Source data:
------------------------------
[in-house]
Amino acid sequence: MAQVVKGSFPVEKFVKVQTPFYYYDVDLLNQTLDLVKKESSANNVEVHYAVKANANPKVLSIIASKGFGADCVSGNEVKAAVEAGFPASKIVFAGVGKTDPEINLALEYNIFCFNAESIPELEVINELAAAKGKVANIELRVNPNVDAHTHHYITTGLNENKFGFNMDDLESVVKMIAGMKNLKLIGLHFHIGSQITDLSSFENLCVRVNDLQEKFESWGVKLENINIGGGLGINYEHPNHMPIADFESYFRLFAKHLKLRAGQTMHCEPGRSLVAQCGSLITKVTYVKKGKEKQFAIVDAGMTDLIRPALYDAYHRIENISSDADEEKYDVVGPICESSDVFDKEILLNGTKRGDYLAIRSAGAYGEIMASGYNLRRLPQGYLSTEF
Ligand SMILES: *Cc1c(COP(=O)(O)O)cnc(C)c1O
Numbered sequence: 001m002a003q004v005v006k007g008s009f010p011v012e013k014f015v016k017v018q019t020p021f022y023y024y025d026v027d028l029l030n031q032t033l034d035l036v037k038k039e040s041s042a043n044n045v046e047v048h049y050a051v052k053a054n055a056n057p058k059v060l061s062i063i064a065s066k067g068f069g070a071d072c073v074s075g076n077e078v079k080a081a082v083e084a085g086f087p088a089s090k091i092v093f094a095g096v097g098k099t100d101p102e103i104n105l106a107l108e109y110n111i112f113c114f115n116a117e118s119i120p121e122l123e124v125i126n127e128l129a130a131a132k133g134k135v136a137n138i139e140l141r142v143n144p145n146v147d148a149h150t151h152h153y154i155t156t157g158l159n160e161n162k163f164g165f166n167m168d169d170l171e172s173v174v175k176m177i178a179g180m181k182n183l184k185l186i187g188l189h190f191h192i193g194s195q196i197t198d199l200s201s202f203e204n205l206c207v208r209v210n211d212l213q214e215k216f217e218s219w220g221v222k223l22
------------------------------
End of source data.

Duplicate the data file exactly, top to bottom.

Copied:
[in-house]
Amino acid sequence: MAQVVKGSFPVEKFVKVQTPFYYYDVDLLNQTLDLVKKESSANNVEVHYAVKANANPKVLSIIASKGFGADCVSGNEVKAAVEAGFPASKIVFAGVGKTDPEINLALEYNIFCFNAESIPELEVINELAAAKGKVANIELRVNPNVDAHTHHYITTGLNENKFGFNMDDLESVVKMIAGMKNLKLIGLHFHIGSQITDLSSFENLCVRVNDLQEKFESWGVKLENINIGGGLGINYEHPNHMPIADFESYFRLFAKHLKLRAGQTMHCEPGRSLVAQCGSLITKVTYVKKGKEKQFAIVDAGMTDLIRPALYDAYHRIENISSDADEEKYDVVGPICESSDVFDKEILLNGTKRGDYLAIRSAGAYGEIMASGYNLRRLPQGYLSTEF
Ligand SMILES: *Cc1c(COP(=O)(O)O)cnc(C)c1O
Numbered sequence: 001m002a003q004v005v006k007g008s009f010p011v012e013k014f015v016k017v018q019t020p021f022y023y024y025d026v027d028l029l030n031q032t033l034d035l036v037k038k039e040s041s042a043n044n045v046e047v048h049y050a051v052k053a054n055a056n057p058k059v060l061s062i063i064a065s066k067g068f069g070a071d072c073v074s075g076n077e078v079k080a081a082v083e084a085g086f087p088a089s090k091i092v093f094a095g096v097g098k099t100d101p102e103i104n105l106a107l108e109y110n111i112f113c114f115n116a117e118s119i120p121e122l123e124v125i126n127e128l129a130a131a132k133g134k135v136a137n138i139e140l141r142v143n144p145n146v147d148a149h150t151h152h153y154i155t156t157g158l159n160e161n162k163f164g165f166n167m168d169d170l171e172s173v174v175k176m177i178a179g180m181k182n183l184k185l186i187g188l189h190f191h192i193g194s195q196i197t198d199l200s201s202f203e204n205l206c207v208r209v210n211d212l213q214e215k216f217e218s219w220g221v222k223l22